One supportive message came engraved on a 150-pound rock from the Mississippi River. Another was a lime-green hood from a race car bearing Virginia Tech’s logo. A large painting of a tree arrived on a semitrailer from a New York university.
Gifts of comfort showered upon Virginia Tech after a student killed 32 people and himself have gotten larger, heavier and more exotic since the April 16 shooting rampage.
“It started with e-mails,” said Steven Estrada, who had worked at the university doing the student center’s budget for only a month when he was given the job of finding a place for everything.
The volume was huge from the start. It took hours to print and paste condolences on boards. Flowers arrived. Then the mail arrived: first letters, cards and drawings, then boxes in a range of sizes.
One person wanted to donate a motorcycle, university spokesman Larry Hincker said.
Estrada couldn’t handle the gifts alone and his colleagues were stretched thin as the campus struggled in the aftermath of the massacre, so he scoured the community and found more than 80 volunteers.
They showed up faithfully, filling all available display space in the student center with deliveries of quilts and banners signed by thousands.
One volunteer from Massachusetts, whom Estrada would identify only as Jeff, interrupted a trip after he heard news reports of the shootings. Jeff has prostate cancer and had been given less than a year to live, but he wanted to help, Estrada said.
People often feel a need to give as an act of comfort after a death, but also as a way to help restore order, said Brian Britt, a Virginia Tech professor of religious studies.
“There was something particularly upsetting about these shootings in this bucolic environment that made people feel particularly unsettled,” he said. “One way to ward off evil is to give gifts.”
Flags came from the White House, the Statue of Liberty and numerous colleges. One was from the Iraqi town of Tikrit.
As the days passed, the banners got longer. The longest Estrada saw was 116 feet, 10 inches, sent from Eastern Michigan University.
“Mostly every day it was `Where do I put this?'” he said.
Estrada remains in awe of the speed at which creative expressions were bestowed. Detailed weavings and quilts that seemed like they would take months if not years to make arrived in weeks. Portraits of the 27 students and five faculty members killed showed up shortly after their images were made public.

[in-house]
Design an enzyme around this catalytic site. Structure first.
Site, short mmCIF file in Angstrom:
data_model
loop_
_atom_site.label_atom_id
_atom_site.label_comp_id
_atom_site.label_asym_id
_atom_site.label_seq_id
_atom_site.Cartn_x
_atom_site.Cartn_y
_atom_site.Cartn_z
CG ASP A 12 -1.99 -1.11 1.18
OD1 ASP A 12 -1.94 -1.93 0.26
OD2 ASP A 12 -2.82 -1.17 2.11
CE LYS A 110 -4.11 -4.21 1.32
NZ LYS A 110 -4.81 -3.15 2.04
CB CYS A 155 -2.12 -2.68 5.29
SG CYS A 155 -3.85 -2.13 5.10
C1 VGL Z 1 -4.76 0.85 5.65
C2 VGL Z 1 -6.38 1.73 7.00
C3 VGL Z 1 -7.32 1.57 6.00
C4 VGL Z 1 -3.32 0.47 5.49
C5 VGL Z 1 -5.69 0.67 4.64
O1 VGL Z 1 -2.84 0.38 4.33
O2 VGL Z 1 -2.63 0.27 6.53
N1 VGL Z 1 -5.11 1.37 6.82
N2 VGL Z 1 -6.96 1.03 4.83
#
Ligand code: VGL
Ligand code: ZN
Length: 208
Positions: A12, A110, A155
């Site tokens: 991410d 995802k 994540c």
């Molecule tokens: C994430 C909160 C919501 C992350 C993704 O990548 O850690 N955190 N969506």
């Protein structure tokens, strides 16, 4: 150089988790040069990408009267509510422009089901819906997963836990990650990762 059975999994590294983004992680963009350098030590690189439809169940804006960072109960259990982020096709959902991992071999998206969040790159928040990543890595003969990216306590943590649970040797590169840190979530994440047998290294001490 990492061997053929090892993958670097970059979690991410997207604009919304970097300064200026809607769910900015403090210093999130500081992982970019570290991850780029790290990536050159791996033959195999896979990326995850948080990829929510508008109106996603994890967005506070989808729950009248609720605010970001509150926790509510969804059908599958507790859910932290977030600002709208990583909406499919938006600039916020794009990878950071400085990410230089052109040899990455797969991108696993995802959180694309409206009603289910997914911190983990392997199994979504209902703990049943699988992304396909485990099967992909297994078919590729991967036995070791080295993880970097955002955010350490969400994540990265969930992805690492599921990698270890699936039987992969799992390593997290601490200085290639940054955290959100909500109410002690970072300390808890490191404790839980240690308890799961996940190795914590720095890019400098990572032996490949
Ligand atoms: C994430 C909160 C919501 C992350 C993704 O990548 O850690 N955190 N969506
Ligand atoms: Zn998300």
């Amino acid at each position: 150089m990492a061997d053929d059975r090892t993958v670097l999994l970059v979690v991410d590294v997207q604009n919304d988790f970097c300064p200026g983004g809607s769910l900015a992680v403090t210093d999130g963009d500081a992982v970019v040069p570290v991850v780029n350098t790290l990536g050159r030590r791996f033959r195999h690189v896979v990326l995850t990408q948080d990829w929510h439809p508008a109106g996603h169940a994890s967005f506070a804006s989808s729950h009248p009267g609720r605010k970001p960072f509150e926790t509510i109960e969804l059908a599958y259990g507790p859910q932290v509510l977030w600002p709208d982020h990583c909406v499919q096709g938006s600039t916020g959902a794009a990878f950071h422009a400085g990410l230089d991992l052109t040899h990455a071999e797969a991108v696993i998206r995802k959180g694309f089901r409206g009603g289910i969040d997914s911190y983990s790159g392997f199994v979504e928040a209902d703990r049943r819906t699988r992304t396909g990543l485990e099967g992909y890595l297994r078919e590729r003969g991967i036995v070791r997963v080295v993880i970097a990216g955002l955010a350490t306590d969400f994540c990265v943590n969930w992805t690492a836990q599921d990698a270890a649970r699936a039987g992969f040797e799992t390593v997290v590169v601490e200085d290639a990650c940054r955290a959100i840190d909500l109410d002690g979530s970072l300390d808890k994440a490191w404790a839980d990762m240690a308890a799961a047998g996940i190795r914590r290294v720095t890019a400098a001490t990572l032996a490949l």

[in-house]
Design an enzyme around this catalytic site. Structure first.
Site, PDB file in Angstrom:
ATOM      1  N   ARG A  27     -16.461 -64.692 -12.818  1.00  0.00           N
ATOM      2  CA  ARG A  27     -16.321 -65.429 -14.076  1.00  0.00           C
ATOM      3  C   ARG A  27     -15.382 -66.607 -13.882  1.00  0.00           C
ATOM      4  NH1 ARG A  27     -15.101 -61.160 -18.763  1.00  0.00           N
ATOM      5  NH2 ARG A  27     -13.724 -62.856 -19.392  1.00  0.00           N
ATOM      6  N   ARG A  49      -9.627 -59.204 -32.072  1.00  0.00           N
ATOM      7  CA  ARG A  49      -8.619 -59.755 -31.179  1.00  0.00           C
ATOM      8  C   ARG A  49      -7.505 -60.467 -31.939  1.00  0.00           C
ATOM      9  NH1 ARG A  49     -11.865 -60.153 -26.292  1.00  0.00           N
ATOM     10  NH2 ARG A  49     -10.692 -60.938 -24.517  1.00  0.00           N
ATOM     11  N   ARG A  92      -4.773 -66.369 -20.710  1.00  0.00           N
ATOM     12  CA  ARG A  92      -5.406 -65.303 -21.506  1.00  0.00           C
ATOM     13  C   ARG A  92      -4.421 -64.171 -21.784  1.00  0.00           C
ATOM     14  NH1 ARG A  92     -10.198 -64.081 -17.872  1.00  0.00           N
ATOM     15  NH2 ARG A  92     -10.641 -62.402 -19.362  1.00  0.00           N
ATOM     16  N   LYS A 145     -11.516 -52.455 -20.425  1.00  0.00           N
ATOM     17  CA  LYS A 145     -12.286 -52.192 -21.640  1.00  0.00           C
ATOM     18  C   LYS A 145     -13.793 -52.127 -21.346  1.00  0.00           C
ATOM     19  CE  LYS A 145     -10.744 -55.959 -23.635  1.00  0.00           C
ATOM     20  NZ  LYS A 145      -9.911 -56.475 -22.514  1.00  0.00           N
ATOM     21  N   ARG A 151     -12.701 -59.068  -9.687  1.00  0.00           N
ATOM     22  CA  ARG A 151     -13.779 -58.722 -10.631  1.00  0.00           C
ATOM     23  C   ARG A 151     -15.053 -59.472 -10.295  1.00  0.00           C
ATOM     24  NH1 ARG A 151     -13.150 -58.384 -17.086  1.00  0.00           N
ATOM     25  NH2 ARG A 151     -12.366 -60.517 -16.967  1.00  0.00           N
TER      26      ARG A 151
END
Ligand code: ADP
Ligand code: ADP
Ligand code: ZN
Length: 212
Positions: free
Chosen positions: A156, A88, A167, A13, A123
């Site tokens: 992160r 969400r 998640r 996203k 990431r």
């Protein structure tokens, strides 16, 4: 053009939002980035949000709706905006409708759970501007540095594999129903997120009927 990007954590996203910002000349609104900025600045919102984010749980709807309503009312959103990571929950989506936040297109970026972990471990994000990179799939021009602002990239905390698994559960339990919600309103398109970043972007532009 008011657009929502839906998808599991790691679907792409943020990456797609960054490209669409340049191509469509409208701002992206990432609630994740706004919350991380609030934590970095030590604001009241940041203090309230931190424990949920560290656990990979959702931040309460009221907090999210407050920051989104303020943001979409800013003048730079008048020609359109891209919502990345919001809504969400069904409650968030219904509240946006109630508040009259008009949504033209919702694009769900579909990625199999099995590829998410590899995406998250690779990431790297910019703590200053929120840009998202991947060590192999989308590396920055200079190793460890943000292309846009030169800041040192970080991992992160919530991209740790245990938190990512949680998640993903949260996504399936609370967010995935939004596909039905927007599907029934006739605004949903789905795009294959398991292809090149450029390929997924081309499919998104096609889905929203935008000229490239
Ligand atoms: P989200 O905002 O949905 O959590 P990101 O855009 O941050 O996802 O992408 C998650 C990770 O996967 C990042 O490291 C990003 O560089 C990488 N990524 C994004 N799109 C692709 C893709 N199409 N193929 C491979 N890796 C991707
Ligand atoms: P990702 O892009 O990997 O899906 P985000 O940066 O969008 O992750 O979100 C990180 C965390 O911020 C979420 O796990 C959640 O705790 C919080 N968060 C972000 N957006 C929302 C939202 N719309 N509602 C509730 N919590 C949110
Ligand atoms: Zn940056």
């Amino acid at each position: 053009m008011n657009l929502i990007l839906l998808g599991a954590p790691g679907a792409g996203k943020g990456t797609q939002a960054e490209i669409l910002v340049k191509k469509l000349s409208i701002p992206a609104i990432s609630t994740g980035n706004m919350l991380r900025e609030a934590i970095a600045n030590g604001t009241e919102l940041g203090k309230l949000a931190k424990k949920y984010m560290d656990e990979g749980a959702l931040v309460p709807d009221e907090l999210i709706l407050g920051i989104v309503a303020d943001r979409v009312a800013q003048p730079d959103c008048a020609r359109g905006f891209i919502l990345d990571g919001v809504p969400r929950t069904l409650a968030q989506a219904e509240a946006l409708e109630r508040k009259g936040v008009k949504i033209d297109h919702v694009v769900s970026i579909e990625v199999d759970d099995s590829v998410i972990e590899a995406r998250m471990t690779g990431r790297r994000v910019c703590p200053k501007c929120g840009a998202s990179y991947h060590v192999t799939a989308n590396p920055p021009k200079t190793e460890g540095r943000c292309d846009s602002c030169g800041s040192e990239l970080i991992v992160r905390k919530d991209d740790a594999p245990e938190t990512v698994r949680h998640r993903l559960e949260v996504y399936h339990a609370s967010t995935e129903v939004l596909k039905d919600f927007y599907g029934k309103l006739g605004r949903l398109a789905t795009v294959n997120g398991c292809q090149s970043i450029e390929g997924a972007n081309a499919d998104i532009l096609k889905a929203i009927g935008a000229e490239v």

The volume of gifts has been both soul-soothing and overwhelming to university officials, who have no space to display them all and no time to plan what will become of them. The volunteers have recently taken down, sorted and packed an assortment that ranges from construction-paper notes in a child’s scrawl to plaques engraved in gold.
It took a week to move everything by truck to a storage building for cataloging, which is expected to take student workers until the end of the year. The Library of Congress sent staff to advise Virginia Tech on what to save and how to save it, Hincker said.
Another task that looms is writing thank-you notes. Estrada said the list of givers runs 1,000 pages in a database.
Still on display is the rock from Itawamba Community College that was hauled in the trunk of a car from Tupelo, Miss. So is the car hood, and two maroon and orange quilts from so many coverlets that Estrada said “you couldn’t count them in a day.”
The orange life ring from the Coast Guard in Puerto Rico with messages in Spanish was a meaningful gift in itself, he said, but it became even more meaningful when he learned that the guardsmen included Virginia Tech alumni.
Some of the gifts were intended for victims’ families.
Marlena Librescu, widow of Holocaust survivor Liviu Librescu, received a portrait of her husband and an engraved wooden plaque.
The artist who carved the plaque was moved by the account of Librescu barricading the door to his engineering classroom with his body so his students could jump to safety out second-floor windows, Estrada said.
Gifts still arrive daily. A framed photo of a columbine flower growing in a rock crevice came from Columbine High School in Colorado. Talladega Speedway sent a 30-by-30 banner, and students from a Crow/Cheyenne school in Montana made a blanket.
As soon as a bin holding origami cranes is emptied, it fills up again. The paper cranes arrive a thousand at a time, following Japanese tradition, Estrada said.
“You could look anywhere in the building and realize we’re not alone,” he said. “The world cares.”
– Associated Press
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